Sales of food and drink in messes at military barracks are continuing to fall, despite offering pints of beer for as little as €3.20.
The latest accounts of the Defence Forces Canteen Board show revenue at the 45 bars and canteens located on Defence Forces property decreased by 6.4% last year to €1.48m.
Following several years of falling income, the board’s chairman, Major General Seán Clancy, has also warned that the Covid-19 pandemic is likely to have a significant impact on its finances this year.
“The board is taking the situation seriously and is monitoring cash flow projections, in conjunction with management,” he added.
The latest figures show gross profit of the Defence forces Canteen Board fell by 6.4% to €439.607.
The board returned €317,775 in profit to the messes last year following deductions for salaries and administration expenses and reported a net surplus of €17,165.
Gross profit as a measure of sales was unchanged at 29.7% which the board said was considered “satisfactory”.
Sales of alcohol and food in the military bars and canteens have been declining steadily over the past two decades, despite drink prices that are considerably cheaper than pubs and restaurants.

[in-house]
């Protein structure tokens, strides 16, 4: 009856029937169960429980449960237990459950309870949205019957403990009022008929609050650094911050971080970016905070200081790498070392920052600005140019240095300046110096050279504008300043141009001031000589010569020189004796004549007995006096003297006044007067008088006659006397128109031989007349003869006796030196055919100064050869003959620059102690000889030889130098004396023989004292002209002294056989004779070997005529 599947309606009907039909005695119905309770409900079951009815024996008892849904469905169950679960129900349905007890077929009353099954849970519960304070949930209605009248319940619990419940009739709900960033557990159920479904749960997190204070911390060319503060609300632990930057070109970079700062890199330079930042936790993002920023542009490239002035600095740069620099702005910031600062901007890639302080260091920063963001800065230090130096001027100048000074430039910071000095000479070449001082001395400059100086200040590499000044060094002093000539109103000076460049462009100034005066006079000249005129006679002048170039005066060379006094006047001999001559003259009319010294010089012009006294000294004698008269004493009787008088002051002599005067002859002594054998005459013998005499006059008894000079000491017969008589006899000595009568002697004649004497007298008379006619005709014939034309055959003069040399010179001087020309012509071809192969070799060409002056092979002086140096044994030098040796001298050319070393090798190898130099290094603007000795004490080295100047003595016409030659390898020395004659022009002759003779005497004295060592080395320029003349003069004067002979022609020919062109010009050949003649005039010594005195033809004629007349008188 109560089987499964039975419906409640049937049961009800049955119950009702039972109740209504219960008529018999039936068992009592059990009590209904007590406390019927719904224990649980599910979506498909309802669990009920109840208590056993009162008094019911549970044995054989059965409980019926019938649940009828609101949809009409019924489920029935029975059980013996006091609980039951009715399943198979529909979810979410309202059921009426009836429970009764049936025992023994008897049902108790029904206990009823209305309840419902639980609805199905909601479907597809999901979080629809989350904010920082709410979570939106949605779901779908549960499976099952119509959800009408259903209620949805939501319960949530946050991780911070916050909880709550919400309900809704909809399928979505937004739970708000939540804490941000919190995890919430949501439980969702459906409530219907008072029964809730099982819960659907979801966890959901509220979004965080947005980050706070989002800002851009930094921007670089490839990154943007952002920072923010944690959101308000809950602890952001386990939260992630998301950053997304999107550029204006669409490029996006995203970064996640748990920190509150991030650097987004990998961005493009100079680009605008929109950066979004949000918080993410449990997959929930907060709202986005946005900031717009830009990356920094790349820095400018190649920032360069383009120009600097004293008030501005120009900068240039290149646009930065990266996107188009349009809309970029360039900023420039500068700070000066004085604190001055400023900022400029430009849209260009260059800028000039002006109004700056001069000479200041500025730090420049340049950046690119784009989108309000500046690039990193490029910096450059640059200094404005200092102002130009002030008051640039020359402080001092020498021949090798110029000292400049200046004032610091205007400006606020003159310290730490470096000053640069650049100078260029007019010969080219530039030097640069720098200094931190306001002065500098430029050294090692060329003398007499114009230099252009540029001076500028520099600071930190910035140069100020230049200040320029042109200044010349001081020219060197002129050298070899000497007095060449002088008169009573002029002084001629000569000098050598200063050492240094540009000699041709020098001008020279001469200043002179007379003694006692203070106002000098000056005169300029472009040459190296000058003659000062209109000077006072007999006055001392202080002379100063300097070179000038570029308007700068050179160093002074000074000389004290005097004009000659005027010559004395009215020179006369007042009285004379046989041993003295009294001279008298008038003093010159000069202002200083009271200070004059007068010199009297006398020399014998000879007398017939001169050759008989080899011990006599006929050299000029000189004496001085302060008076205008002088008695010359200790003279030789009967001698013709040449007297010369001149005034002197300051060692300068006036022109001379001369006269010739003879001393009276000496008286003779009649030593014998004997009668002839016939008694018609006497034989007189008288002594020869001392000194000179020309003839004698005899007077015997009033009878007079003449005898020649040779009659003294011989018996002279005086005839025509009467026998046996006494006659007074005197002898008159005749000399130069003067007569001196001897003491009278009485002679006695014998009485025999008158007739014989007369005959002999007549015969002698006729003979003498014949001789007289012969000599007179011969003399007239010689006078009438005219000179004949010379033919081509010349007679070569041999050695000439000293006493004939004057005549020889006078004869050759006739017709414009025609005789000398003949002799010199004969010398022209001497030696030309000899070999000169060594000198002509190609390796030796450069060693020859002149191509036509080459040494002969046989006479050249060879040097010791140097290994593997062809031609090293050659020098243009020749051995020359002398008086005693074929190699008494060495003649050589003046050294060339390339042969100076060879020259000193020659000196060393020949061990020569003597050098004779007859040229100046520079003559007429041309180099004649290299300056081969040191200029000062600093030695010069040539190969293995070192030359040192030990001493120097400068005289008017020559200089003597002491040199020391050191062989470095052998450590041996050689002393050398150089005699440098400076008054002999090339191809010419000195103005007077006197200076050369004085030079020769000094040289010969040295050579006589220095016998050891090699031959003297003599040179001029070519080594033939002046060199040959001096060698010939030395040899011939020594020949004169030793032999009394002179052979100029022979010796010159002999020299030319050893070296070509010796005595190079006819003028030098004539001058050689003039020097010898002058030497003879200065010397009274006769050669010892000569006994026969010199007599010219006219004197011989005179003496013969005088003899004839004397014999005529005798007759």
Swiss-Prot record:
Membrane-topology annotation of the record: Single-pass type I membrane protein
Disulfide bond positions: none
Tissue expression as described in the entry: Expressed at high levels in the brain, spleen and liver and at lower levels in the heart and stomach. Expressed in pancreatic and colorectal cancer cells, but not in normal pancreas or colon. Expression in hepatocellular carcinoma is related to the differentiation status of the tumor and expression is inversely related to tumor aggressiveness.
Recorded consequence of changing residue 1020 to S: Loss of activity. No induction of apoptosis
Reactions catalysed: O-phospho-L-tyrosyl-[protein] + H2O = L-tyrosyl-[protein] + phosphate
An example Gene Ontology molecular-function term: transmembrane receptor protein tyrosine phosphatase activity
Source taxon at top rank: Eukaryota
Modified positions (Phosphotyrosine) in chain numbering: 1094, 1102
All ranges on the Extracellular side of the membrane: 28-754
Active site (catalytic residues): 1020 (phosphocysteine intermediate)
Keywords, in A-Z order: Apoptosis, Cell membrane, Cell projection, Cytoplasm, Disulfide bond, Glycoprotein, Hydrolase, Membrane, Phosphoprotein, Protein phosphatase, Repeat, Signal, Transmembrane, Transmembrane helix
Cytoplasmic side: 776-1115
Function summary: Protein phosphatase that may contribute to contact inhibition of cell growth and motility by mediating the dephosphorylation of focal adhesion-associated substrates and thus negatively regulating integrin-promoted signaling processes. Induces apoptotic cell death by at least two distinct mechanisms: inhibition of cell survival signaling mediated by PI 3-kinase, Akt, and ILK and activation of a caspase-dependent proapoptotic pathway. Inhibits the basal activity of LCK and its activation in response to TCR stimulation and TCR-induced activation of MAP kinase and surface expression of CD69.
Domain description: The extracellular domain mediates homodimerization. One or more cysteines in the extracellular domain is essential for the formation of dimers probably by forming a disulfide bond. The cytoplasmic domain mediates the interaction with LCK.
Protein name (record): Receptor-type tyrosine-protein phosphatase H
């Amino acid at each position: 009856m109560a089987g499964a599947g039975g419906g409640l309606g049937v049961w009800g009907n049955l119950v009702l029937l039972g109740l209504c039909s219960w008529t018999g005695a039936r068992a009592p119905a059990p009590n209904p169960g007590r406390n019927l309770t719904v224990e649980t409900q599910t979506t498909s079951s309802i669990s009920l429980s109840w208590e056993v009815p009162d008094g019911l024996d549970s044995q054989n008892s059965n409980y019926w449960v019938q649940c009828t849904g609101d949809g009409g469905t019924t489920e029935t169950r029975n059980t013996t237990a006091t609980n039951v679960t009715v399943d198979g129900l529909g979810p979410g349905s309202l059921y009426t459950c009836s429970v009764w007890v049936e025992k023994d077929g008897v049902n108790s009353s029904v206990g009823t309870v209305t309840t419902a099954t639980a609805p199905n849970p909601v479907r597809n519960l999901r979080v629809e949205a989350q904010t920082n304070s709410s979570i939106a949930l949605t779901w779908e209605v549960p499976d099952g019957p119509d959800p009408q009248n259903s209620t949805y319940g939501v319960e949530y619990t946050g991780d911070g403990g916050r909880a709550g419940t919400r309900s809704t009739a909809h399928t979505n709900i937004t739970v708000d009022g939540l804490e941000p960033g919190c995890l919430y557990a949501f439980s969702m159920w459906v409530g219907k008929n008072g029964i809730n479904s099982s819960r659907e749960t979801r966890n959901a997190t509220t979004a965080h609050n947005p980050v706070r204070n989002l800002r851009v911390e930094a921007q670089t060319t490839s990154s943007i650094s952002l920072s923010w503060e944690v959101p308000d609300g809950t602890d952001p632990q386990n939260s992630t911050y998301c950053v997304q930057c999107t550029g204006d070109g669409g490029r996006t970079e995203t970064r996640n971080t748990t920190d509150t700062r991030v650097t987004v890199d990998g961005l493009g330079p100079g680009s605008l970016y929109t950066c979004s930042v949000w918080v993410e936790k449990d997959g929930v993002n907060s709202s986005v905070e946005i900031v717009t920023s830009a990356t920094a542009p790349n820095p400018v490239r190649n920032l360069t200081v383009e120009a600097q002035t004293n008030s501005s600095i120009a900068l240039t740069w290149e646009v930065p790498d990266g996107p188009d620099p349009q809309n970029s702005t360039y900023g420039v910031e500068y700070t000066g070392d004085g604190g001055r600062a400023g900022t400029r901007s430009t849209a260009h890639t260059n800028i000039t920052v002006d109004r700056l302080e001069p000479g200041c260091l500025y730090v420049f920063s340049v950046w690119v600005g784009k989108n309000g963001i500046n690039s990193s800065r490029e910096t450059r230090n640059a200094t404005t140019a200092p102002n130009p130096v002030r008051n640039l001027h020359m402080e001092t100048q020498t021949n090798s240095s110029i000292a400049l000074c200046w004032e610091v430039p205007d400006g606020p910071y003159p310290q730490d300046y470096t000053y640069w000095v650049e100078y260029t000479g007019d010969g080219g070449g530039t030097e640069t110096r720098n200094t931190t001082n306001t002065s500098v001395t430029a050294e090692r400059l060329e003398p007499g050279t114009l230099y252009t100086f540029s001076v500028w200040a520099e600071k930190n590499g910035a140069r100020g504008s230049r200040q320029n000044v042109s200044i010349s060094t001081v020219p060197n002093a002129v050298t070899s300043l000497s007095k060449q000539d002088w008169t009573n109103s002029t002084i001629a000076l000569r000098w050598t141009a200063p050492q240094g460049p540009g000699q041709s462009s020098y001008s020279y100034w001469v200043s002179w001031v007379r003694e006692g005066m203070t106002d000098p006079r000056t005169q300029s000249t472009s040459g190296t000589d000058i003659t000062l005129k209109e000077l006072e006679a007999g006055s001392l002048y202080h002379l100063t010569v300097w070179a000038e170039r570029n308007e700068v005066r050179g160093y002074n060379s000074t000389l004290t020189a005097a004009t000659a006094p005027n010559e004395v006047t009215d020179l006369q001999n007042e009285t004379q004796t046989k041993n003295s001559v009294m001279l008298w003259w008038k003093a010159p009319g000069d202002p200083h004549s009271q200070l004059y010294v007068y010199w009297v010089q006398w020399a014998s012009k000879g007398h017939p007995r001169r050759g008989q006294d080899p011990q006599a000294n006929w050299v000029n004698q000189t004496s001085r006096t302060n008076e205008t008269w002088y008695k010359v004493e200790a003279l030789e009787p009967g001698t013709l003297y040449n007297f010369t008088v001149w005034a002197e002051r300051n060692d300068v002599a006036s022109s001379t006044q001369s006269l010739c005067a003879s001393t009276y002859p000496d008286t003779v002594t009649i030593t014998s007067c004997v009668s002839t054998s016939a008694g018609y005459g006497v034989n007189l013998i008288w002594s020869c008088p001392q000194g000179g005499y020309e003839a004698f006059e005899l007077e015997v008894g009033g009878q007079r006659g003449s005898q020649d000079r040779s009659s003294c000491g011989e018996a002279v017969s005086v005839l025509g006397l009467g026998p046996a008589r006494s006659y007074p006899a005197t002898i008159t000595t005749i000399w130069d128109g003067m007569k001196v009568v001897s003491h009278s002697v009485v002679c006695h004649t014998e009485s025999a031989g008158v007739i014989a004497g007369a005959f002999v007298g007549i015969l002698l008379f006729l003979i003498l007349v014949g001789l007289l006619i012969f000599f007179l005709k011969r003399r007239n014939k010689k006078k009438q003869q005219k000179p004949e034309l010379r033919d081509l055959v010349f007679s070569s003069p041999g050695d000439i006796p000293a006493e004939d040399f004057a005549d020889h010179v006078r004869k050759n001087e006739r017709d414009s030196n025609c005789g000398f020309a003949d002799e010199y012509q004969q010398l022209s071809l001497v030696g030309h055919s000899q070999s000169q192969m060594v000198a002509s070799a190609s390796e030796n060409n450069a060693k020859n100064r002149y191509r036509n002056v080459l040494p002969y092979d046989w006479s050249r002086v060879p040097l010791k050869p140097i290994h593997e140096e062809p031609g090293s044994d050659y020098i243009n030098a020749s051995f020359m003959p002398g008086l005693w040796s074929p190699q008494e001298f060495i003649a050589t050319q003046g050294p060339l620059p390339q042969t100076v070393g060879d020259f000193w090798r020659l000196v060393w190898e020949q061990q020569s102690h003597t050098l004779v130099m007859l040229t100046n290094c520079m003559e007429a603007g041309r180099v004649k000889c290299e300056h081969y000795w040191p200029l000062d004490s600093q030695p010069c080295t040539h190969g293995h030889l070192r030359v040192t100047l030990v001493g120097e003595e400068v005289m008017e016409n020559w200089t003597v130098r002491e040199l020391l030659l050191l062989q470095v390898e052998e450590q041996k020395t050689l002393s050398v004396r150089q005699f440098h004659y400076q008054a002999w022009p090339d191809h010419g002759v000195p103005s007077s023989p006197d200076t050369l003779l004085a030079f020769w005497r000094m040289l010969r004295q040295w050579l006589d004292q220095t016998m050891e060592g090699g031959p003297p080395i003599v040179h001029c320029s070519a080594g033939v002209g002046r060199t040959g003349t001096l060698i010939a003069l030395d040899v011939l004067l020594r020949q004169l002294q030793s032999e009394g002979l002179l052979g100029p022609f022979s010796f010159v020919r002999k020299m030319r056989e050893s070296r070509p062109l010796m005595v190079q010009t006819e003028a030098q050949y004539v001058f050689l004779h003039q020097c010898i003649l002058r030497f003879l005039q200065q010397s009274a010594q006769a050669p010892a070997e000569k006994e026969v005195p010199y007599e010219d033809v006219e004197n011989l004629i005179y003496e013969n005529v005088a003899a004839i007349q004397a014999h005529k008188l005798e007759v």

The price of a pint of Guinness or Heineken or Budweiser is only €3.20 while a measure of whiskey is just €2.20.
In contrast, a pint of lager in Dublin pubs can cost around €5.80 while a measure of whiskey is around €4.80.
Messes for private soldiers were informally established in 1990 as a result of the report of the Gleeson Commission on pay and conditions in the Defence Forces and put on a formal footing in 1997.
Around 20 messes have been shut down in the past 20 years, while four dry canteens were closed in 2013 due to falling sales.
According to the Defence Forces, messes are not public premises but civilians may attend as guests of enlisted personnel.